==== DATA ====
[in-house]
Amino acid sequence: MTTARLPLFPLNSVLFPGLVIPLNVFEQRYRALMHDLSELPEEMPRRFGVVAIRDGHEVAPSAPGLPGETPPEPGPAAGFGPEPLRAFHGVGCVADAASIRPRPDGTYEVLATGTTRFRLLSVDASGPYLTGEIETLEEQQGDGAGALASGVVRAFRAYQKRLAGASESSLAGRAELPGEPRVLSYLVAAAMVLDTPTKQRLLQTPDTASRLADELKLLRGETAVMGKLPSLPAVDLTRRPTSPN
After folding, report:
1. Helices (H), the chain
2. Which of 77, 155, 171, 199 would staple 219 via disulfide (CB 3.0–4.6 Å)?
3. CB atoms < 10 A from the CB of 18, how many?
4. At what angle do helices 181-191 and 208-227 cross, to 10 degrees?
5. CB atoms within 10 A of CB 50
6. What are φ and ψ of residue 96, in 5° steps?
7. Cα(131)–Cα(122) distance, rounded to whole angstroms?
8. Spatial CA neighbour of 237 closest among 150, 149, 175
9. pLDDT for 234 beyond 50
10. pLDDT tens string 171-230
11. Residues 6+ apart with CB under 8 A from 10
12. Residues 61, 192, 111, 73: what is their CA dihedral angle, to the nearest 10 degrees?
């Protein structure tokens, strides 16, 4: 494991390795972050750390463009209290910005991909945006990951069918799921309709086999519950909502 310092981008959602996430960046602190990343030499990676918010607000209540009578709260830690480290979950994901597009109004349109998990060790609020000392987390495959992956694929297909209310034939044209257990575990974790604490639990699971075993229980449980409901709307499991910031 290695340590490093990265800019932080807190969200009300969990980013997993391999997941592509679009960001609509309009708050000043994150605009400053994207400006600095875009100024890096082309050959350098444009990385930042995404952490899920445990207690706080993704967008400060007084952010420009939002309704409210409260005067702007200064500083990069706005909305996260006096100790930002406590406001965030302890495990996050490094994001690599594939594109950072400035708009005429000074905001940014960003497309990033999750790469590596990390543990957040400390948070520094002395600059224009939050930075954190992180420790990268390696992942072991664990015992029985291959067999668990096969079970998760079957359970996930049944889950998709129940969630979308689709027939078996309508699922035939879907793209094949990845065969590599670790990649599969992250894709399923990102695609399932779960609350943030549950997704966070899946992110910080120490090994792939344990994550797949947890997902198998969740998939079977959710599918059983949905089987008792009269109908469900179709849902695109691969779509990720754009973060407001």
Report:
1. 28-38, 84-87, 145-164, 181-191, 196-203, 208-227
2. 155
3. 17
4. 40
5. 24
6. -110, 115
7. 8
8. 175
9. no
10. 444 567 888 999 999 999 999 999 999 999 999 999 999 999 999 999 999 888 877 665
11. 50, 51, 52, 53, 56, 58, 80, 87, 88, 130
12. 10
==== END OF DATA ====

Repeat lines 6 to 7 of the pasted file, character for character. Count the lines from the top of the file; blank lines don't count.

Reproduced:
3. CB atoms < 10 A from the CB of 18, how many?
4. At what angle do helices 181-191 and 208-227 cross, to 10 degrees?